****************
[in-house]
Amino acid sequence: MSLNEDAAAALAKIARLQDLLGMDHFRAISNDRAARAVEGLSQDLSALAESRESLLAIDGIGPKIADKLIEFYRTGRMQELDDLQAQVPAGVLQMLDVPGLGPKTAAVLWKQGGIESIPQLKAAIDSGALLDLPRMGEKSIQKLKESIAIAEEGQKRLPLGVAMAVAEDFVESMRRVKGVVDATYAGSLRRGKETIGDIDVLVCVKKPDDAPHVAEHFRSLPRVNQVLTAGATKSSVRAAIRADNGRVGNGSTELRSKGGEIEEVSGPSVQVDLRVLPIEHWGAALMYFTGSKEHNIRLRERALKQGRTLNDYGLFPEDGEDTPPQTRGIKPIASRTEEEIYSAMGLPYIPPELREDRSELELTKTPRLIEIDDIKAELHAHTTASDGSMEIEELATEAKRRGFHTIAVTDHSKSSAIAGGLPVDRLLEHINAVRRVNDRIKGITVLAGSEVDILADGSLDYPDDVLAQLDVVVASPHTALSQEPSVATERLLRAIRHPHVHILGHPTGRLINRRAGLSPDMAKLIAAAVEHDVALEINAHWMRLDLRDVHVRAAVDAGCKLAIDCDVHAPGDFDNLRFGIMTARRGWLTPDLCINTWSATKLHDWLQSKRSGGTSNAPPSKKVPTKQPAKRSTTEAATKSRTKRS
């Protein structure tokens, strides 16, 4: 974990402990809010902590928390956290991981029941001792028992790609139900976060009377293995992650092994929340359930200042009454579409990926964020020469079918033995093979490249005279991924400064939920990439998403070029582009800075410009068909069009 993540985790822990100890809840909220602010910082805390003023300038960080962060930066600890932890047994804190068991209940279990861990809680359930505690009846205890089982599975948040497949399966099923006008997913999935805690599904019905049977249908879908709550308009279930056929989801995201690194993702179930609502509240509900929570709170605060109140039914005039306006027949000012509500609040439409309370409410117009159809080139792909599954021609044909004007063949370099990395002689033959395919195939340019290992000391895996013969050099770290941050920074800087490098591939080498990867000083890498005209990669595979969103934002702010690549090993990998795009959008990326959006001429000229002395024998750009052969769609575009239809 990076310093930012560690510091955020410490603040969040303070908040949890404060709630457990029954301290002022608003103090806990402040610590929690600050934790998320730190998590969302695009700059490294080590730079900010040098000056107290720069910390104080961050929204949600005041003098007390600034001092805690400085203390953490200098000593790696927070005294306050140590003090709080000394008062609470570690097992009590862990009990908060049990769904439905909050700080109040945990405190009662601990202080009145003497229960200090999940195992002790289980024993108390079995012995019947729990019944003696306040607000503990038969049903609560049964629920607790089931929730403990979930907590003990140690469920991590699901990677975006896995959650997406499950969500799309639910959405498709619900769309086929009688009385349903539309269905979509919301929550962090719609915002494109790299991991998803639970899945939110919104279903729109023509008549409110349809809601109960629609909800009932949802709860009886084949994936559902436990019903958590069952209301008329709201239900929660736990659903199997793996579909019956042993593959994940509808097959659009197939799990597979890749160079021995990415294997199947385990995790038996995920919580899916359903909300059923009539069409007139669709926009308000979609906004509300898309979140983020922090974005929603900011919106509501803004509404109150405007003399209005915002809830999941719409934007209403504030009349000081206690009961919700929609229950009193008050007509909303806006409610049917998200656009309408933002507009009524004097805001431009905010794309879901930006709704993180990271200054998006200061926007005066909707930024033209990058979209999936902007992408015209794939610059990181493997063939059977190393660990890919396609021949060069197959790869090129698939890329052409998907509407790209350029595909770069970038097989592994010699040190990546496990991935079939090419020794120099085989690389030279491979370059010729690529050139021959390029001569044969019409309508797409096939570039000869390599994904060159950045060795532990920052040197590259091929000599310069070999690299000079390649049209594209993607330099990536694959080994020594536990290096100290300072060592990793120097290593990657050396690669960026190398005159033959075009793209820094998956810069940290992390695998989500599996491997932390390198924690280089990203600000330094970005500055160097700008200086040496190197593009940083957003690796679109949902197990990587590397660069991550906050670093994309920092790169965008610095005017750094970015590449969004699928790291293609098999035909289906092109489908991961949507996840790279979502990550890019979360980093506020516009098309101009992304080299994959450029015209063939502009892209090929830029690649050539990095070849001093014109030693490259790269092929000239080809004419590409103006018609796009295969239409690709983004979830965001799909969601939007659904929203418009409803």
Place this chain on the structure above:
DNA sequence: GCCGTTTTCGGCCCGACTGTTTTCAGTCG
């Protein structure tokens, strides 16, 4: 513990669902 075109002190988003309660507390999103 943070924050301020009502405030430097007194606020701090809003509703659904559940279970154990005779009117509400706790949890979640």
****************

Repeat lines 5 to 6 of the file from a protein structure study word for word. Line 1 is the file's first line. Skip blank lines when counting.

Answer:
DNA sequence: GCCGTTTTCGGCCCGACTGTTTTCAGTCG
């Protein structure tokens, strides 16, 4: 513990669902 075109002190988003309660507390999103 943070924050301020009502405030430097007194606020701090809003509703659904559940279970154990005779009117509400706790949890979640």